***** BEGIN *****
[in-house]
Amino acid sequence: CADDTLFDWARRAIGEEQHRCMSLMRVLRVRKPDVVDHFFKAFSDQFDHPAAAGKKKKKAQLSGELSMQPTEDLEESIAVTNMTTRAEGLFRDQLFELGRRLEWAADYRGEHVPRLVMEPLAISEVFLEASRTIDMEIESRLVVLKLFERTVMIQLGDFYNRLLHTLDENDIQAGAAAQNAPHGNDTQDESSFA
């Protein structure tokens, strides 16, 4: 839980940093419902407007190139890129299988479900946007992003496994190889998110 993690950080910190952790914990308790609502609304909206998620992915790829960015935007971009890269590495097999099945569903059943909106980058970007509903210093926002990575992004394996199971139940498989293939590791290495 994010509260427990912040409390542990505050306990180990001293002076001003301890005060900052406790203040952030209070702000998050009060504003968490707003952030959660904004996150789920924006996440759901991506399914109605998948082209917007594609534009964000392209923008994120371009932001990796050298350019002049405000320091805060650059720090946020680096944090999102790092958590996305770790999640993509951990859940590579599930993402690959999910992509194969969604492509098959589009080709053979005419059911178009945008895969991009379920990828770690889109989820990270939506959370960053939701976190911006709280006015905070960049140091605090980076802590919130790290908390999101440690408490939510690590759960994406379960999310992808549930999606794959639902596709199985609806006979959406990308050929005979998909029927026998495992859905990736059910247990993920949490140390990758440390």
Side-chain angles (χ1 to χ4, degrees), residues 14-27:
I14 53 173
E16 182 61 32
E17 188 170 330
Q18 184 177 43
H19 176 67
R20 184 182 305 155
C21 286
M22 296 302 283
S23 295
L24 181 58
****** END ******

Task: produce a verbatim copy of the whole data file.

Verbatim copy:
[in-house]
Amino acid sequence: CADDTLFDWARRAIGEEQHRCMSLMRVLRVRKPDVVDHFFKAFSDQFDHPAAAGKKKKKAQLSGELSMQPTEDLEESIAVTNMTTRAEGLFRDQLFELGRRLEWAADYRGEHVPRLVMEPLAISEVFLEASRTIDMEIESRLVVLKLFERTVMIQLGDFYNRLLHTLDENDIQAGAAAQNAPHGNDTQDESSFA
């Protein structure tokens, strides 16, 4: 839980940093419902407007190139890129299988479900946007992003496994190889998110 993690950080910190952790914990308790609502609304909206998620992915790829960015935007971009890269590495097999099945569903059943909106980058970007509903210093926002990575992004394996199971139940498989293939590791290495 994010509260427990912040409390542990505050306990180990001293002076001003301890005060900052406790203040952030209070702000998050009060504003968490707003952030959660904004996150789920924006996440759901991506399914109605998948082209917007594609534009964000392209923008994120371009932001990796050298350019002049405000320091805060650059720090946020680096944090999102790092958590996305770790999640993509951990859940590579599930993402690959999910992509194969969604492509098959589009080709053979005419059911178009945008895969991009379920990828770690889109989820990270939506959370960053939701976190911006709280006015905070960049140091605090980076802590919130790290908390999101440690408490939510690590759960994406379960999310992808549930999606794959639902596709199985609806006979959406990308050929005979998909029927026998495992859905990736059910247990993920949490140390990758440390």
Side-chain angles (χ1 to χ4, degrees), residues 14-27:
I14 53 173
E16 182 61 32
E17 188 170 330
Q18 184 177 43
H19 176 67
R20 184 182 305 155
C21 286
M22 296 302 283
S23 295
L24 181 58